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Residential Property Law: The Basics

April 25, 2014
Matt Morgan

Residential property law refers to the legislations governing owning, buying, selling, transfer, mortgaging, division and taxation of residential property in UK. Although you can rely on an experienced attorney for interpretation, citizens are consistently encouraged to ensure that they all comprehend the critical basics of the law. It is only by doing so that you’ll understand what the law encompasses, your duties as a citizen in implementing it and how to avoid being on the wrong side of the law.

Where It Applies

The legislations seek to comprehensively address all the primary issues relating to residential property. One of the most critical issues of course, is tenant-landlord relation. The landlord and tenant act of 1954 systematically details the rights of both parties and how they will relate in regards to the property. Before the legislation was enacted, tenants complained of constant harassment from landlords. Landlords reportedly run their properties according to their by-laws, most of which were considered draconian by tenants. Additionally, rent was sorely dictated by landlords who were free to raise or lower them any time they wanted to.

Since its enactment, the relations between landlords and tenants have been streamlined. It protects both parties to avoid disputes and ensure that tenancy is conveniently managed. In case of any dispute, the landlord or tenant is allowed to use a property attorney to file a case against the other party to resolve the dispute on grounds of the act.

Another critical area that is governed by residential property law is the writing and executions of wills involving residential property. The law stipulates how the wills should be written, updated and implemented by relevant parties. This has consequently helped resolve many conflicts involving wills over property in UK courts.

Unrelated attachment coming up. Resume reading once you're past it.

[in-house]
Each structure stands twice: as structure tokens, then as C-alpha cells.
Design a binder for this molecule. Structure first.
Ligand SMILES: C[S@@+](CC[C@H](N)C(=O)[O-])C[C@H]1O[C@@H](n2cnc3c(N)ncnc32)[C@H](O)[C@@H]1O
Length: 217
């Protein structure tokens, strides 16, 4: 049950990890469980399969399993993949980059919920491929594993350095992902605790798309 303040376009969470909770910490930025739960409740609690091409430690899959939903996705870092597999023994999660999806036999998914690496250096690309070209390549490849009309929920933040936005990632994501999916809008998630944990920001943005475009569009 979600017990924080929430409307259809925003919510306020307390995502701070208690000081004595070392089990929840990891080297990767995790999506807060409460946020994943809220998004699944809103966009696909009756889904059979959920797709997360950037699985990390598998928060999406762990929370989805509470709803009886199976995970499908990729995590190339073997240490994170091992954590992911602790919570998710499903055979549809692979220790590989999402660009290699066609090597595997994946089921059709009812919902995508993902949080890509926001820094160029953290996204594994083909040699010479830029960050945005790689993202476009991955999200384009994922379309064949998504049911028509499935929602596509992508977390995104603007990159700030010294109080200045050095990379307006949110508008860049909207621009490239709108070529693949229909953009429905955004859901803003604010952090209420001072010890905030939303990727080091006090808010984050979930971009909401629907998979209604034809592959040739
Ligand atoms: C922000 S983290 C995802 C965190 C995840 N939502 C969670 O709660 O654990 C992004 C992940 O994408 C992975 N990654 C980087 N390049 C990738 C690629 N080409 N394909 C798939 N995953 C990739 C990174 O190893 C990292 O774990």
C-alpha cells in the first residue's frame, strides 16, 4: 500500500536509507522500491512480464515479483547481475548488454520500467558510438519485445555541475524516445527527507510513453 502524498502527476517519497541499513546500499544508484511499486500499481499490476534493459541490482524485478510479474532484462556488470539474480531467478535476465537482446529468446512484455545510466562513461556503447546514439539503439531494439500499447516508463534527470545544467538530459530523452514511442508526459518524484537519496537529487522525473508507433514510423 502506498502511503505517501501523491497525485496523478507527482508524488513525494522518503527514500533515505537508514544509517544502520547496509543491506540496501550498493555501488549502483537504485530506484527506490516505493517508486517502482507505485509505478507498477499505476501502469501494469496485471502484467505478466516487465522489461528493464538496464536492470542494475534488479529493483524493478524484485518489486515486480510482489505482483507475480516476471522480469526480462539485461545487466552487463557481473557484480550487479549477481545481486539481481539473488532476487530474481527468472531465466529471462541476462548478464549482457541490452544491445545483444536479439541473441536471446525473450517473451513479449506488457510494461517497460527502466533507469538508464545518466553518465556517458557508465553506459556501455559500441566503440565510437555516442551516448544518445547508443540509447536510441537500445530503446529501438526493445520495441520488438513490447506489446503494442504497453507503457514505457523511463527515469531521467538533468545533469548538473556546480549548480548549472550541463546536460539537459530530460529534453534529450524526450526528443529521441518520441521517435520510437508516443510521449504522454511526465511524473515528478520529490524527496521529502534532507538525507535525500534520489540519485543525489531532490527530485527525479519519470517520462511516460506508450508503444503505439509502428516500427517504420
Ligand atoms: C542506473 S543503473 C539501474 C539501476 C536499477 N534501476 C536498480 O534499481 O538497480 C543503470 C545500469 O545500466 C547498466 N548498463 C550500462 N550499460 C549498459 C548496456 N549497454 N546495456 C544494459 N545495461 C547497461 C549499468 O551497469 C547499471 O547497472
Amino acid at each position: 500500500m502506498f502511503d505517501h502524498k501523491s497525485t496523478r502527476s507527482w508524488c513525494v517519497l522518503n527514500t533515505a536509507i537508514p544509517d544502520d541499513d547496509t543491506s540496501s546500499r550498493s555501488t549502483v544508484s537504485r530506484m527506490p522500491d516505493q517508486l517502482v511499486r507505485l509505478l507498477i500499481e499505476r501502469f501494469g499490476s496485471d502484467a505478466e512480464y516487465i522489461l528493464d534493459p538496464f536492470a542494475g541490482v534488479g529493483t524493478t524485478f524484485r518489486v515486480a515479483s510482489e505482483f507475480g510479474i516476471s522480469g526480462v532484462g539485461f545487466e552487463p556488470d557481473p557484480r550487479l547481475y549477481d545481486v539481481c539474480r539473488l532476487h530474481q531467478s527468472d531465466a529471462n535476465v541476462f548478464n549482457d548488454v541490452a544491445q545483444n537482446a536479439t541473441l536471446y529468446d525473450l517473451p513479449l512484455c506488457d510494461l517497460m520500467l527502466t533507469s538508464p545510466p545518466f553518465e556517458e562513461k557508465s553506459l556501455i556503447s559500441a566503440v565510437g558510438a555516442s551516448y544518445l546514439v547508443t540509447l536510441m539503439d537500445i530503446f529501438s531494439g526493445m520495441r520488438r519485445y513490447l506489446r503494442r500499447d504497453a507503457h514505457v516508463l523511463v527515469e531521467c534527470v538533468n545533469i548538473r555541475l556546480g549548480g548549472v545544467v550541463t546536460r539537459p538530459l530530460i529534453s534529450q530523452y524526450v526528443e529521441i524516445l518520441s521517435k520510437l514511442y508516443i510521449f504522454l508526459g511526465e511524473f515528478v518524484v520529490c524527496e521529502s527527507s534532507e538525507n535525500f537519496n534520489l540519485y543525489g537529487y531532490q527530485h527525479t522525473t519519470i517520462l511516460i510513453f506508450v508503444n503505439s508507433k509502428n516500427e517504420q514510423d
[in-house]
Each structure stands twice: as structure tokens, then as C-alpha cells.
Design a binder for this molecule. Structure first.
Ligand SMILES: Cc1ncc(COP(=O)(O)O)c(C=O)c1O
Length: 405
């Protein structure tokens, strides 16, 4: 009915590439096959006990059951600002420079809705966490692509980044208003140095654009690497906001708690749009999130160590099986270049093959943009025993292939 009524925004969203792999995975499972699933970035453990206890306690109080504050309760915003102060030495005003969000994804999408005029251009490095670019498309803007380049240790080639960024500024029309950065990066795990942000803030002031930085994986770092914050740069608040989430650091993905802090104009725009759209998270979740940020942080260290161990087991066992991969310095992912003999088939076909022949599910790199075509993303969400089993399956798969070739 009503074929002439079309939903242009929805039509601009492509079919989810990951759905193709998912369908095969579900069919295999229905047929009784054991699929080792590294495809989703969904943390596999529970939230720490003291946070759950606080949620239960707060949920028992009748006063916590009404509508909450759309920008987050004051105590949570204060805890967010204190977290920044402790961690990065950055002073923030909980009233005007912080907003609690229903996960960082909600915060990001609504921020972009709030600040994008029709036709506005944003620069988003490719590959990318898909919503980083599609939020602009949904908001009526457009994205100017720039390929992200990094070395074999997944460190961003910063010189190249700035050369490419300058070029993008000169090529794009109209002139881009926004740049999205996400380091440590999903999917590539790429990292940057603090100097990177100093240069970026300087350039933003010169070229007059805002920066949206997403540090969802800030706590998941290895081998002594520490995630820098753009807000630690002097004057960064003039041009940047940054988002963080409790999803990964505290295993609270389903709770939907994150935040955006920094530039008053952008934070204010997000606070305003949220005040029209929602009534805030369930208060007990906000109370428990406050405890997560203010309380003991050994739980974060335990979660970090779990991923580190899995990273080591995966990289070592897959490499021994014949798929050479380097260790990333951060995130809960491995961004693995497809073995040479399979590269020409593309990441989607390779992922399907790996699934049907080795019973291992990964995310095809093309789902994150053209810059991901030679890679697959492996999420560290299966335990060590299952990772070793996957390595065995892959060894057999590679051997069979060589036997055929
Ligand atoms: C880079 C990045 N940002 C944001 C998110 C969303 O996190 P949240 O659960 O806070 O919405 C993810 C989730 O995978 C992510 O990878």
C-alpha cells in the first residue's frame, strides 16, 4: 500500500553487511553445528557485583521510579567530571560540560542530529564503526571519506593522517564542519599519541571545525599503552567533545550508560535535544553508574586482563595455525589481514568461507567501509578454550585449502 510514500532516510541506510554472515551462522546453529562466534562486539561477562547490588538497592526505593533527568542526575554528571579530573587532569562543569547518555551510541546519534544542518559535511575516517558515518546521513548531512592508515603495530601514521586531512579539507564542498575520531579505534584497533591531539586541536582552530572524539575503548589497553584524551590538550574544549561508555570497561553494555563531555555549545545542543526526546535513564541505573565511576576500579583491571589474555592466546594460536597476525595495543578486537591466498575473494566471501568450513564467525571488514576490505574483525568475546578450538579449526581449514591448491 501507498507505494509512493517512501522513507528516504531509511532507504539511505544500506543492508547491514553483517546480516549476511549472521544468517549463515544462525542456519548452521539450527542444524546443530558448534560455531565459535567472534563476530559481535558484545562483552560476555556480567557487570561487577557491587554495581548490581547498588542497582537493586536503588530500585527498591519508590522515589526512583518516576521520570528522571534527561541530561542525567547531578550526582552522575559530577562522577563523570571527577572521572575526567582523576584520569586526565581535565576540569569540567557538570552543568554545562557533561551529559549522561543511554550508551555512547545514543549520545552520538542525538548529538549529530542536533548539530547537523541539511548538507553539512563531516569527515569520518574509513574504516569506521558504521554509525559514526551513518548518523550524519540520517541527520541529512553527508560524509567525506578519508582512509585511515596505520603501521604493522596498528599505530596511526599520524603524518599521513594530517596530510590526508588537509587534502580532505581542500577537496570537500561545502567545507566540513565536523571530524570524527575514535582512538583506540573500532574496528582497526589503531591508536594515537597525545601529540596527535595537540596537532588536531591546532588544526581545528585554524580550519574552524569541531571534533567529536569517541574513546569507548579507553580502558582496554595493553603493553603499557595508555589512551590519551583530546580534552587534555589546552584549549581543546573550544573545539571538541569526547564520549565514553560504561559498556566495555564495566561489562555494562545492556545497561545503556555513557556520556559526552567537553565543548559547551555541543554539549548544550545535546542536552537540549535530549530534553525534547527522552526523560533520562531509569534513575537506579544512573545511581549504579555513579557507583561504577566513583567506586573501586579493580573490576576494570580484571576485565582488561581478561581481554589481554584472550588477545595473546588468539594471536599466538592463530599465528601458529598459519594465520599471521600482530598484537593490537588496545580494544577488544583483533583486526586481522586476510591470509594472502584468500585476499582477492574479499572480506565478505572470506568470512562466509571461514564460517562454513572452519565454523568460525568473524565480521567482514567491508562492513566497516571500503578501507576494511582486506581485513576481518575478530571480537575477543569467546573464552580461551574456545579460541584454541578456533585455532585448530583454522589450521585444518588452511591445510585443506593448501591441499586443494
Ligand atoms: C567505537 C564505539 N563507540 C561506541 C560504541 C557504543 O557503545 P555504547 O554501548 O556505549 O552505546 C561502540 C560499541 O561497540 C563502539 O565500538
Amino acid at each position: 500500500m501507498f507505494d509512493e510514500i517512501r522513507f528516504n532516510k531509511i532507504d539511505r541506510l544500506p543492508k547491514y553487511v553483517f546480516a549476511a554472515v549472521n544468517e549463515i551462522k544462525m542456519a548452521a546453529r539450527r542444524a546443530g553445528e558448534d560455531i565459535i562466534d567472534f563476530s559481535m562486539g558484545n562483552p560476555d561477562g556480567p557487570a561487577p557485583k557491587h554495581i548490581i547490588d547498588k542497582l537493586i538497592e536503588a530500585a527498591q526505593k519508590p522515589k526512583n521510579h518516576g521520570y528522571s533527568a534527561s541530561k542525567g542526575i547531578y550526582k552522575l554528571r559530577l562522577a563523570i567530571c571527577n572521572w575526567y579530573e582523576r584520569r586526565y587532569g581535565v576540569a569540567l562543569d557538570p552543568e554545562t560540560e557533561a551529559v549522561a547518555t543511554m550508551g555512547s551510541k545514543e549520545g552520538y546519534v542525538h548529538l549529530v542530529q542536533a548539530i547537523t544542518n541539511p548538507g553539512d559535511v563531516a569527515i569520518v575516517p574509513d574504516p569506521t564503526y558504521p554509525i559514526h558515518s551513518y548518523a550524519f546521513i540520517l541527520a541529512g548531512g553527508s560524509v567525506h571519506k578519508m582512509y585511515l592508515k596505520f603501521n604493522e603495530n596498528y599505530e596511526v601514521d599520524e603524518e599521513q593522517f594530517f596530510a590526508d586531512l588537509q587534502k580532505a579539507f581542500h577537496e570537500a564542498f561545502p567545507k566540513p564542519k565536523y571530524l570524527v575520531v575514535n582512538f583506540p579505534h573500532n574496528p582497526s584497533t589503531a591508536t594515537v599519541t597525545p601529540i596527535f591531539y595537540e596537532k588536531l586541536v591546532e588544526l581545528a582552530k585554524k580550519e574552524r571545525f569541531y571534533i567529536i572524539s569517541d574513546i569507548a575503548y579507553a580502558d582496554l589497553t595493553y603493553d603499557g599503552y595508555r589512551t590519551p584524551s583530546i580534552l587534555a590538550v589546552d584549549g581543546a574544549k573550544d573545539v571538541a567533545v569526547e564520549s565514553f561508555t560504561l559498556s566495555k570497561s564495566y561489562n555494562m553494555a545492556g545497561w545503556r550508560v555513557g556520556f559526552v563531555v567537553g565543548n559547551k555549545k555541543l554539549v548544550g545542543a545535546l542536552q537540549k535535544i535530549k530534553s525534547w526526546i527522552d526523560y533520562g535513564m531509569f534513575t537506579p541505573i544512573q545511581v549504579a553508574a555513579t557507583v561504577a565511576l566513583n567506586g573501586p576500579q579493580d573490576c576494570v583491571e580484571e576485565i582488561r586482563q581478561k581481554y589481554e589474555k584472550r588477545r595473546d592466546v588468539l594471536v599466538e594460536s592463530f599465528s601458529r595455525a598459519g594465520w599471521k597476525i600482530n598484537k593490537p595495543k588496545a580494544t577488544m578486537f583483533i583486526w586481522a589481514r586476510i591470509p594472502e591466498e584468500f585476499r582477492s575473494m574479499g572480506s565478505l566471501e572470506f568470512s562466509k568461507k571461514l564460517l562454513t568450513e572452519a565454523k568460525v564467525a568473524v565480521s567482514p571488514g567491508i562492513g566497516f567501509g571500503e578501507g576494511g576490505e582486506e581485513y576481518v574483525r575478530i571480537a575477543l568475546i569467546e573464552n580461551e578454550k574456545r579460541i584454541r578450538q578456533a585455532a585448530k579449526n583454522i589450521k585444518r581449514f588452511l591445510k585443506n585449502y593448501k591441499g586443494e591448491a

The residential property law has also proven to be vital in the transfer and sale of residential property. It clearly indicates the terms of sale and how the transactions should be handled and conducted. In case of property transfer, the legislation stipulates that this can only be done in the presence of witnesses and evidenced by contracts overseen by commissioners of oaths.


Finally, another important area governed by the residential property law is tax on residential property law. The law not only ensures that everyone is taxed accordingly, but also stipulates the precise rates on different types of properties to ensure that taxes are paid fairly. Wealthy individuals who invest heavily in residential property are required to pay significantly higher taxes compared to mid and low income individuals.

Since wealthy individuals use investment companies to purchase and manage residential property, the law has special requirements for taxes remitted by such companies. According to the law, such property is documented as owned by ‘non-neutral’ persons and is subjected to higher taxes compared to regular property owned by single parties. The ‘neutral-persons’ ‘taxes however, do not have a flat rate. The amount paid depends on the value of the property. If the value of any residential property exceeds 2 Million pounds, it is further taxed according to the special annual tax on developed dwellings. Properties worth less than 2 Million pounds on the other hand, are only required to stamp duty land tax, which is popularly referred to by authorities as the SDLT. The only residential properties exempted from this are ones which have a value of less than £125,000.

The heaviest stamp duty land tax charges on property owned by individuals are levied on residential properties valued at more than £2 Million. While individuals pay a standard SDLT rate of 7% for such property, companies are required to pay 15%, which is more than double. The only tax benefit of owing property through a company is being exempted from inheritance tax particularly for non-UK individuals.

As an investor or property owner understanding the residential property law will therefore help you pay your taxes diligently after assessing the value and type of your property. It will also help you effectually manage property sales and understand the rights of your tenants in case you lease your property.

Nigel Walters is an experienced investment blogger who has a keen interest in property, stocks and investments. He writes for a number of magazine’s and blogs such as innovo property in his spare time.

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